Protecting the Forest, Nurturing the Forest.


 Morotsuka Village is located in the mountains of northern Miyazaki Prefecture and has a population of about 1,500. Surrounded by steep mountains that stand 1,000 meters tall, the land comprises 92% forest area. The people have thrived through forestry ever since announcing in 1907 to make it the village’s main industry.

 Morotsuka realizes sustainable forest management by maintaining a delicate balance between active forestry and forest preservation. Although SDGs (Sustainable Development Goals) are becoming a concern across the globe in recent times, the village has long been involved in sustainable forestry.

Saving the blessings of the forest for future generations

 Morotsuka is home to many “agro-forestry workers,” who participate in “composite management of agriculture and forestry,” which brings together agricultural work such as shiitake mushroom cultivation and animal husbandry with forestry.

 In 1957, the village designated timber, shiitake, livestock, and tea as its four main products, and has promoted composite management of these fields. In addition to stability for forestry workers, there was another objective for this decision: to alleviate reliance on timber production in order to preserve the blessings of the forest for future generations.

 Ever since, sustainable forest management in the mountains of Morotsuka has come to offer a unique view known as a “mosaic forest,” where different trees are planted in the most appropriate location. The mosaic forest is a manifestation of the people’s tender care and use of the forest, and comprises a patchwork pattern of a coniferous forest for timber production, deciduous broad-leaved forest for shiitake cultivation, and an evergreen laurel forest for preserving a natural forest.

The mosaic forest is proof that people have coexisted with the forest

Internationally acclaimed forest management

 Balanced, responsible forest management has maintained the forests of Morotsuka, and the people’s efforts were recognized on a global level when in 2004 the village received FSC® (Forest Stewardship Council) certification (FSC®C012945).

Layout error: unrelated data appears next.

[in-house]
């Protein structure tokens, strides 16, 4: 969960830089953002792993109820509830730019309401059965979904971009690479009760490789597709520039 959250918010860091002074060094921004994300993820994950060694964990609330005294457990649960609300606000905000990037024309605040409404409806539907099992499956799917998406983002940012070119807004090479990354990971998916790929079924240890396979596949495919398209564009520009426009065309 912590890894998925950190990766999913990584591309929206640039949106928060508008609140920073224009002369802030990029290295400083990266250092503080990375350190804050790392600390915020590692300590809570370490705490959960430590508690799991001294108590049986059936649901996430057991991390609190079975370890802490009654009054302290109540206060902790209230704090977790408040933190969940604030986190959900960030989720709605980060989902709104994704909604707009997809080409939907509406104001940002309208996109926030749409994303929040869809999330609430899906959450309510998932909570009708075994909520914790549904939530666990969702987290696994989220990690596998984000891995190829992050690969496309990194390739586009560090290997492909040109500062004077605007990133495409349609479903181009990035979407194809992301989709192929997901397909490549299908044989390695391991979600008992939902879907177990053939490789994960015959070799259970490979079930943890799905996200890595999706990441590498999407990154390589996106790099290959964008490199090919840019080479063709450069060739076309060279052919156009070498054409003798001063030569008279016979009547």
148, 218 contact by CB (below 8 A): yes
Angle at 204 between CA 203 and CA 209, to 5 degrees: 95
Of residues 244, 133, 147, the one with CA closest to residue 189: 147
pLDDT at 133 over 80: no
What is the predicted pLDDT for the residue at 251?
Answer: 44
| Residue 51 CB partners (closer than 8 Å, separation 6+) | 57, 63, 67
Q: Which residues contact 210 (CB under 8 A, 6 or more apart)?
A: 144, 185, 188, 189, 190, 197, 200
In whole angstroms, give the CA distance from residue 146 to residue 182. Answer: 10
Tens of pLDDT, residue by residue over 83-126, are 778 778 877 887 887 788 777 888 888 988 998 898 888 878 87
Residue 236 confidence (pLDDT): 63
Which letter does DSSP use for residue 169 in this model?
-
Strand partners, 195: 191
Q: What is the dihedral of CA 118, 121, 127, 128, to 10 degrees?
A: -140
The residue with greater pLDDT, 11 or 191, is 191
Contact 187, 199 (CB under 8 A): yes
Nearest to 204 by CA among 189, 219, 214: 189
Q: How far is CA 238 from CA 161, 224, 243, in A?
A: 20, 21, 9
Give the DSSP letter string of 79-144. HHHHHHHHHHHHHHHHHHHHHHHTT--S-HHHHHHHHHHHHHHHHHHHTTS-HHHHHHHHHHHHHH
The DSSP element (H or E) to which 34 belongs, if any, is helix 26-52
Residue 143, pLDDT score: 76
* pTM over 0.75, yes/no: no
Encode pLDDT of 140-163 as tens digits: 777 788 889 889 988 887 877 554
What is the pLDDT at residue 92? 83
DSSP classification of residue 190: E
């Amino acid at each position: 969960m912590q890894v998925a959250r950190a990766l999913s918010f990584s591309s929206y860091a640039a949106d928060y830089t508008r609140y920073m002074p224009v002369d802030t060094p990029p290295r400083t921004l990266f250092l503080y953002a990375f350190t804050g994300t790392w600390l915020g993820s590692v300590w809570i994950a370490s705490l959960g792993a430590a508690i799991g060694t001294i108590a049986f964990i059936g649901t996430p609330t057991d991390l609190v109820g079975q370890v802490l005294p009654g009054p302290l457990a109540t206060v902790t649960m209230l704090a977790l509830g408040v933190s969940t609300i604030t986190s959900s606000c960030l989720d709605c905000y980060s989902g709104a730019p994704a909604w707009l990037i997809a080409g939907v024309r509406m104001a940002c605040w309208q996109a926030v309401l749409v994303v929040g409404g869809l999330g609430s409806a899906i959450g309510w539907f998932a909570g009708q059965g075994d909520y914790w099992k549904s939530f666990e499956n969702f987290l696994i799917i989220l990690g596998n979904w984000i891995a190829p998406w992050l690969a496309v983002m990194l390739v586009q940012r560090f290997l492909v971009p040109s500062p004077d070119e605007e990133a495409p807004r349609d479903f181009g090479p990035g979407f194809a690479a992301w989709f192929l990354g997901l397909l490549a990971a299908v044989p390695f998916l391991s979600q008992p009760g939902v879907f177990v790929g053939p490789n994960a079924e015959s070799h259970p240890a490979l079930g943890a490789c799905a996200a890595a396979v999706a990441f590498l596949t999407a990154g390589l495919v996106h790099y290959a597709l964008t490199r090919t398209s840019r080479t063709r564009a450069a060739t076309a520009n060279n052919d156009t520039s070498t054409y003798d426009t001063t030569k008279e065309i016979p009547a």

FSC certification evaluates responsibly managed forests, and the distribution and processing of timber from such forests from an environmental, social, and economic standpoint. Morotsuka was the first in Japan to receive FSC® certification for an entire village.

“Clearly stipulating the efforts we have always carried out was about the only thing we did to become certified. I think that shows how much thought the people of Morotsuka have put into the forests, and the FSC® certification is proof that our efforts were recognized on a global scale.” (Mr. Hiroki Wakamoto, Morotsuka Village Office, Industry Division)

Mr. Wakamoto (left) Mr. Nakahara (right)

Sustainability hints

 It is not just the forests of Morotsuka that have received FSC® certification. The village has also been certified for timber processing and distribution, and timber processed in Morotsuka is used in various locations as FSC® certified material (FSC®C022797). The new Japan National Stadium that was completed in 2020 also uses FSC® certified material from Morotsuka.

“The certification hasn’t caused prices to rise. As SDGs become more familiar and people start to choose certified material, demand for Morotsuka’s products will rise, as will income for industry workers. This will help alleviate the lack of successors and allow for sustainable forestry to thrive.
Purchasing FSC® certified material that comes from responsibly managed forests will lead to forest preservation around the world. I hope people will make an effort to choose FSC® certified material.” (Mr. Masanori Nakahara, Morotsuka Village Office, Industry Division)

For over half a century, Morotsuka has managed forests with great care, and their efforts are filled with hints for thriving in this age where sustainability is paramount.

Shiitake mushrooms are a specialty of the village. As the mushrooms are cultivated on wood that comes from an FSC®-certified forest, it became the world’s first FSC®-certified food (FSC®C001800、FSC®C013329).